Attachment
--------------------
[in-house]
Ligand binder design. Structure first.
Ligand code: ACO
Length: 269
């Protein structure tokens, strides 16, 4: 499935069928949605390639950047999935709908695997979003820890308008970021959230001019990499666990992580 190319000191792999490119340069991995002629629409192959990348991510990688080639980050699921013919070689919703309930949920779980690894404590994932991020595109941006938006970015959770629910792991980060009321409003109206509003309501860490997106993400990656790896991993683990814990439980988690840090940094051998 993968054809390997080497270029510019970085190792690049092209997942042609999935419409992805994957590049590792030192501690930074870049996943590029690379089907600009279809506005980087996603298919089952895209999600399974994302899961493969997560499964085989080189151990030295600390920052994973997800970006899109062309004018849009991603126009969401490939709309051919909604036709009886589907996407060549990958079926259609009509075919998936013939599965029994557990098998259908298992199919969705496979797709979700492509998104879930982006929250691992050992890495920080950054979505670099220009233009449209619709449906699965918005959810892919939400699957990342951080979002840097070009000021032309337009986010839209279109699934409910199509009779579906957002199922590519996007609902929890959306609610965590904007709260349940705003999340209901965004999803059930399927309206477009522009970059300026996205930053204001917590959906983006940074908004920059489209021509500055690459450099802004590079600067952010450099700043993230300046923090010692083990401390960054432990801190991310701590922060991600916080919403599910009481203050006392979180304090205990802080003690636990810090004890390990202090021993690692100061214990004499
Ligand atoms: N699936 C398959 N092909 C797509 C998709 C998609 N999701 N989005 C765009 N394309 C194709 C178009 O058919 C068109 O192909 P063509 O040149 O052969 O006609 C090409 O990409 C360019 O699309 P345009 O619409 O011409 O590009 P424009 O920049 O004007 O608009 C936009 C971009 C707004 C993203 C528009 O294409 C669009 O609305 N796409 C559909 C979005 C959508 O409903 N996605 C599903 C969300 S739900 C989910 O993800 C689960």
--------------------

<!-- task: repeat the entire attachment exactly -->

[in-house]
Ligand binder design. Structure first.
Ligand code: ACO
Length: 269
């Protein structure tokens, strides 16, 4: 499935069928949605390639950047999935709908695997979003820890308008970021959230001019990499666990992580 190319000191792999490119340069991995002629629409192959990348991510990688080639980050699921013919070689919703309930949920779980690894404590994932991020595109941006938006970015959770629910792991980060009321409003109206509003309501860490997106993400990656790896991993683990814990439980988690840090940094051998 993968054809390997080497270029510019970085190792690049092209997942042609999935419409992805994957590049590792030192501690930074870049996943590029690379089907600009279809506005980087996603298919089952895209999600399974994302899961493969997560499964085989080189151990030295600390920052994973997800970006899109062309004018849009991603126009969401490939709309051919909604036709009886589907996407060549990958079926259609009509075919998936013939599965029994557990098998259908298992199919969705496979797709979700492509998104879930982006929250691992050992890495920080950054979505670099220009233009449209619709449906699965918005959810892919939400699957990342951080979002840097070009000021032309337009986010839209279109699934409910199509009779579906957002199922590519996007609902929890959306609610965590904007709260349940705003999340209901965004999803059930399927309206477009522009970059300026996205930053204001917590959906983006940074908004920059489209021509500055690459450099802004590079600067952010450099700043993230300046923090010692083990401390960054432990801190991310701590922060991600916080919403599910009481203050006392979180304090205990802080003690636990810090004890390990202090021993690692100061214990004499
Ligand atoms: N699936 C398959 N092909 C797509 C998709 C998609 N999701 N989005 C765009 N394309 C194709 C178009 O058919 C068109 O192909 P063509 O040149 O052969 O006609 C090409 O990409 C360019 O699309 P345009 O619409 O011409 O590009 P424009 O920049 O004007 O608009 C936009 C971009 C707004 C993203 C528009 O294409 C669009 O609305 N796409 C559909 C979005 C959508 O409903 N996605 C599903 C969300 S739900 C989910 O993800 C689960």